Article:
Wednesday, June 10, 2015
Statement by Amb. Raychelle Omamo, Cabinet Secretary, Ministry of Labour, at the 104th Session of the International Labour Conference
Read by Deputy Permanent Representative Amb. Andrew Kihurani
Madam President
ILO Director – General
Hon Ministers
H.E Ambassadors
Ladies and Gentlemen,

I take this opportunity to congratulate you and your Vice Presidents on your well-deserved election to preside over the affairs of the 104thsession of the International Labour Conference. I have no doubt in mind that you will deliver on the mandate of the conference.

Madam President,

The ILO is indeed at a momentous time in its history only  a few year’s away from its centenary celebrations but yet faced by enormous and far reaching challenges in the world of work which if not properly understood and appropriately managed, threaten to scuttle the cause of social justice, for which the ILO was founded to address. Fortunately however, the Director General has placed before us a concise and focused report which has identified issues requiring our consideration and direction. We thank him for this work and pledge our contribution as valued partners.

Ladies and gentlemen,

The future of work centenary initiative is a timely andrelevant report, coming indeed two years after the first report which set out the ILO’s long term challenges as it approached the centenary. We welcome the proposed preparatory work to the centenary involving a three stage process and appreciate that it will ultimately give visibility to the Future of Work Initiative and promote the broadest possible political and substantive engagement.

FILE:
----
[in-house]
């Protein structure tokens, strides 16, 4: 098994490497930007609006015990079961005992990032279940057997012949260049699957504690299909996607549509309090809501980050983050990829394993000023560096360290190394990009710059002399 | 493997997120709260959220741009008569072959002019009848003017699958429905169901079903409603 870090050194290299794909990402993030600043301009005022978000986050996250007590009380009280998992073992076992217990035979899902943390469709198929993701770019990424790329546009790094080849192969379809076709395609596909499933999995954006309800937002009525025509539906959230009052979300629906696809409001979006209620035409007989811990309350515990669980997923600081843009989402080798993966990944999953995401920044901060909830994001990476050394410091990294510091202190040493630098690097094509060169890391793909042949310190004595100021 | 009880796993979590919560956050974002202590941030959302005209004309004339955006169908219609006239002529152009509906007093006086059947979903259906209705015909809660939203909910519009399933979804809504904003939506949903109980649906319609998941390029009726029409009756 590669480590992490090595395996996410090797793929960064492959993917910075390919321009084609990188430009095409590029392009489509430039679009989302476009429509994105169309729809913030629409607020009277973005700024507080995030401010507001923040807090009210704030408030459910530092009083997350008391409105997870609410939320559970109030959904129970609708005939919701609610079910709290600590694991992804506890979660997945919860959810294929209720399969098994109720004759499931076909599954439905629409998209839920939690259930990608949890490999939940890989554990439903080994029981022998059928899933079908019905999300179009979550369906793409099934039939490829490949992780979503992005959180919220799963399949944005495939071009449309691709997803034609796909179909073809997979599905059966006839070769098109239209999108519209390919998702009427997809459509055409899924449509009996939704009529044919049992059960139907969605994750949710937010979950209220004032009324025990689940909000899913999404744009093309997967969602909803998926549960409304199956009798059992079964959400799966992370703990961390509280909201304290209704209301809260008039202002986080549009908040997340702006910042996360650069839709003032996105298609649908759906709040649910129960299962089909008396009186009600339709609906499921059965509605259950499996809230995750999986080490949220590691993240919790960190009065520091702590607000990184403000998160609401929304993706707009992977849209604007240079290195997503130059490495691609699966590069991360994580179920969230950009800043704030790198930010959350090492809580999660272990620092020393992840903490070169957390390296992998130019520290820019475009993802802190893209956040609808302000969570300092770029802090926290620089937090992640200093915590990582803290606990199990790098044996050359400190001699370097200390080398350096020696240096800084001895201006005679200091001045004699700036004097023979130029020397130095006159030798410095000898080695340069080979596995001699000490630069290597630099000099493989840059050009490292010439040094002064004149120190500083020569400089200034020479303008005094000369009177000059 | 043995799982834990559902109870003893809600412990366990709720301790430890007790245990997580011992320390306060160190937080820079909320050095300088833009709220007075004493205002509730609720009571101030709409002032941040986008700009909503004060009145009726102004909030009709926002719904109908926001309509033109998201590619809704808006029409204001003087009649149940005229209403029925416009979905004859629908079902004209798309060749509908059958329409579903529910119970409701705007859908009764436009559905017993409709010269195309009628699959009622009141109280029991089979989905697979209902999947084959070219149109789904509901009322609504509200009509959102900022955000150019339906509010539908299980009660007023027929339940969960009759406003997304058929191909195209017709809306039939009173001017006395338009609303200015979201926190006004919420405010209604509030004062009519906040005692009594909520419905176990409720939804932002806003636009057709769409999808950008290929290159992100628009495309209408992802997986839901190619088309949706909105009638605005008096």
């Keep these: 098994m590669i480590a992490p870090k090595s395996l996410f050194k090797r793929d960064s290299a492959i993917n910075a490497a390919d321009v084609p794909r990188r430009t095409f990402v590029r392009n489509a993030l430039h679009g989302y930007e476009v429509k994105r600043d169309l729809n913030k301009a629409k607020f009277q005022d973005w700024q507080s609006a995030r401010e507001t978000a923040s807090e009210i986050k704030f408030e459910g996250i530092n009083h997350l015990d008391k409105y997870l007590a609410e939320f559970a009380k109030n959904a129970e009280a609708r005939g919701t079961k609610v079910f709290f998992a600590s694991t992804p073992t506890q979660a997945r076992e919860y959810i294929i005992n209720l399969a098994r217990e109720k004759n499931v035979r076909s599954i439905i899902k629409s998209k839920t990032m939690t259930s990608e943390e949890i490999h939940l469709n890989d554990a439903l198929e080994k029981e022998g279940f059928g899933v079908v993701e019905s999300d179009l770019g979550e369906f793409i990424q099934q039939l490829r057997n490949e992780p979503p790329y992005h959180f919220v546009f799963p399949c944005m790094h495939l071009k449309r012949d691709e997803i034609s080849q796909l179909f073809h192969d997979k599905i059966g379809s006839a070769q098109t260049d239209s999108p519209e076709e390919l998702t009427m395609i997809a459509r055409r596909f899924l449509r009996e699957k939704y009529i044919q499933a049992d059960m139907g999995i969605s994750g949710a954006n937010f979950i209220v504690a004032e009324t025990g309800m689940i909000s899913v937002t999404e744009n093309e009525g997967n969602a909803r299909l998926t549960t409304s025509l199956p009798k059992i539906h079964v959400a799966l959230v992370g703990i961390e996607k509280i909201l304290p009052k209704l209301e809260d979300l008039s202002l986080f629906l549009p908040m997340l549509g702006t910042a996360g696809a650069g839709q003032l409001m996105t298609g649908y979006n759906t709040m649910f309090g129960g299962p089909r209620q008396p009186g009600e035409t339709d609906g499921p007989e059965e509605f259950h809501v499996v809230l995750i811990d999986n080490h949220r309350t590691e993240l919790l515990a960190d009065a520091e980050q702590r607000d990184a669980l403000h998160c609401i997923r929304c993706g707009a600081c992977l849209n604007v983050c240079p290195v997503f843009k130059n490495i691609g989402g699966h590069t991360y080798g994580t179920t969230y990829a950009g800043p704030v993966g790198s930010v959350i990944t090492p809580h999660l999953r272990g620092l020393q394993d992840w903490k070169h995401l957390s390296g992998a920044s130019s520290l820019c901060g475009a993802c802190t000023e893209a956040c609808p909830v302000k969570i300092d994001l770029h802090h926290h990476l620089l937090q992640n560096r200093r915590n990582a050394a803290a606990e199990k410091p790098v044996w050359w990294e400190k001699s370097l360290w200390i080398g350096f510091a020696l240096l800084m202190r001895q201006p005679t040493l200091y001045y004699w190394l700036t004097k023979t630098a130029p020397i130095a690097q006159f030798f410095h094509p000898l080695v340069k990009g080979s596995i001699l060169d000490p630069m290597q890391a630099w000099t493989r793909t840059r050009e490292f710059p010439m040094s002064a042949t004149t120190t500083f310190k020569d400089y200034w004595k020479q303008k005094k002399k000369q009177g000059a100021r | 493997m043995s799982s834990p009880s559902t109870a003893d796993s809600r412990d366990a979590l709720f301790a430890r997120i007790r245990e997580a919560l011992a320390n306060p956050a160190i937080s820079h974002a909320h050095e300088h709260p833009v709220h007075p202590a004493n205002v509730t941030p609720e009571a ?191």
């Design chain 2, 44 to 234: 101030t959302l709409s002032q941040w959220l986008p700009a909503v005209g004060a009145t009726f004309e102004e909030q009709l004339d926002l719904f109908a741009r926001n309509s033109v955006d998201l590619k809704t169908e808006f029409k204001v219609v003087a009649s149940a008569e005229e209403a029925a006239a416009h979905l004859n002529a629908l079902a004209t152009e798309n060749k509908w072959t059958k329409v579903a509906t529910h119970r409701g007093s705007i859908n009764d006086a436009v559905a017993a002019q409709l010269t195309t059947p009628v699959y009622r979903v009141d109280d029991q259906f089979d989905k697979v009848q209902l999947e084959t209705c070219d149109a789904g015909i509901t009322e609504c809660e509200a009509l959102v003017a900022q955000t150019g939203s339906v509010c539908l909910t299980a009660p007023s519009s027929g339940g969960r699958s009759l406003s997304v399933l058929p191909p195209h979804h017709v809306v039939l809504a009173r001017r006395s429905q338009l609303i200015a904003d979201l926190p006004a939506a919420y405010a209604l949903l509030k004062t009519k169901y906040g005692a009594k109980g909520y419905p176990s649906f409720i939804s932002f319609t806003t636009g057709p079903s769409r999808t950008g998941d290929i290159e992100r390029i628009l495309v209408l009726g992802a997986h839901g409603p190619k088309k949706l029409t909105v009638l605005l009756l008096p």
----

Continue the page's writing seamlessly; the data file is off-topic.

Madam President, 

Globalization and technological changes have affected the world of work in ways which were unexpected by many across countries and regions, both in developing and developed countries. The meaning and place of work in society has been lost with many workers still trapped in subsistence and “survival” jobs at a time when others are enjoying great prosperity and progress. Unemployment, underemployment and poverty exist on scales and proportions that invite questions on the continued relevance and legitimacy of the ILO and its tripartite constituency in their quest for social justice.

Ladies and Gentlemen,

The quest for decent jobs for all, changes in the organization of work and production, and the governance of work itself are appropriate and timely themes worthy of our deep reflection as we prepare to reposition our organization to face the challenges of the 21st century. The review must of necessity not only focus on ILO but also the tripartite partners including international partners and the entire global community of development institutions down to the regional and national institutions and constituents alike.

Madam President,

Like many other members of the global community, Kenya faces a daunting challenge of mounting unemployment and underemployment largely attributable to the burgeoning youth bulge and the decline inthe tourism sector owing to negative travel advisories issued by key western countries. Faced with lack of income and opportunities, majority of our young people have ended up taking `slave-like’ jobs in Middle Eastern countries under the influence of unscrupulous employment agencies, taking advantage of existing loopholes in our laws.